Louise Penny, author of her own series, the most recent one being the outstanding Bury Your Dead: A Chief Inspector Gamache Novel (Chief Inspector Gamache Novels), is quoted by Spencer-Fleming's publishers on the cover of ONE WAS A SOLDIER: "An absolute tour de force! The best yet in a brilliant series. I loved it!" I don't know whether I'd go quite as far -- I'm not sure this is the best...but it is a formidable, engrossing entry in this great series. It explores an important current topic (how our returning troops do or don't cope) and it once again allows Clare/Russ fans to enjoy more precious scenes between them (though, I think I could have done without that teenage moment in the truck!).
Now the burning question is: how Russ and Clare will deal with the little, personal bombshell that concluded ONE WAS A SOLDIER. In order that we may find out, may the talented Julia Spencer-Fleming be blessed with further intricate and compelling stories to tell in Millers Kill.
It's been close to 2 years since the author has had a new book out - we've been away from Miller's Kill as long as Clare has been away in Iraq. And while it's been a long time coming, this book was definitely worth the wait.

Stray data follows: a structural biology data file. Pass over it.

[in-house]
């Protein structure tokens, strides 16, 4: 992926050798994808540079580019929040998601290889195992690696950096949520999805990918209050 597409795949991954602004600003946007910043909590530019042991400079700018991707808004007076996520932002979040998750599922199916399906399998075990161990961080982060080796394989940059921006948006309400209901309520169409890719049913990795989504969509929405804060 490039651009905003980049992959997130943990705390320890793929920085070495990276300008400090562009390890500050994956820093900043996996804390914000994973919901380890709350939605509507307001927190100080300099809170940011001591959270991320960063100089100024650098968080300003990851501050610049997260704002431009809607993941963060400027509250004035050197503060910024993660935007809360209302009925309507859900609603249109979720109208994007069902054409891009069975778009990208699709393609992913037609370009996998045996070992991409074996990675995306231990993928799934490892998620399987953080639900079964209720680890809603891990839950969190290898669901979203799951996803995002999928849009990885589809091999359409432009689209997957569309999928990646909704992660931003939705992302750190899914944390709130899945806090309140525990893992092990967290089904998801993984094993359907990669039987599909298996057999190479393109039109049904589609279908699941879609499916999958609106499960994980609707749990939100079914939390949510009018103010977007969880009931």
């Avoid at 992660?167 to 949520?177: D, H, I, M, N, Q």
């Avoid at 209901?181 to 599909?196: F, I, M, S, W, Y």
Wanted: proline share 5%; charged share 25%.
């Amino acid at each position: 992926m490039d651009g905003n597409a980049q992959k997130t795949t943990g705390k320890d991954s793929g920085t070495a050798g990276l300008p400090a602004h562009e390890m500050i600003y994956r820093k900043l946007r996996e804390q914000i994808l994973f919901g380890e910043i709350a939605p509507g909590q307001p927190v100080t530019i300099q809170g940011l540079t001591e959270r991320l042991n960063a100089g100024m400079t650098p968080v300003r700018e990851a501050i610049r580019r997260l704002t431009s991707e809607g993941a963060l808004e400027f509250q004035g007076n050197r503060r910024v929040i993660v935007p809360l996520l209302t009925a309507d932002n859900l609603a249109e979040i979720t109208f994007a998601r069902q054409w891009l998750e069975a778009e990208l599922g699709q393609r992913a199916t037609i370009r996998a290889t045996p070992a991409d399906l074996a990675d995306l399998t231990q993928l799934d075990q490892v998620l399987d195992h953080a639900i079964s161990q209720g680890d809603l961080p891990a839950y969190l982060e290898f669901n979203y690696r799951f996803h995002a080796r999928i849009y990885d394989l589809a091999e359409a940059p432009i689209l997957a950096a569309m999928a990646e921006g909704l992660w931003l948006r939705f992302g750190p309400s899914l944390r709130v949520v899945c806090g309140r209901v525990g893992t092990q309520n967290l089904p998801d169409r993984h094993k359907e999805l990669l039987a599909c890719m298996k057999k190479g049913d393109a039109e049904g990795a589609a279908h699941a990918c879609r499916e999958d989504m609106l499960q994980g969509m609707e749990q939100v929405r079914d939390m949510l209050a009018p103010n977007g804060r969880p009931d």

Other reviewers have done an excellent job of describing the plot of this book. As with her other books, this book is a series of layers - there is the mystery of the apparent suicide of a member of a Veteran's support group to which Clare belongs. There is also the story of Clare and her struggles with returning to civilian life (and the struggles of many veterans). And for many of us readers, a large part of our enjoyment of this series is the continuing development of Russ and Clare's romance/relationship. As in previous books, the author does a wonderful job of interweaving all these elements. There was never a time in reading this book that I felt any of these elements were shortchanged.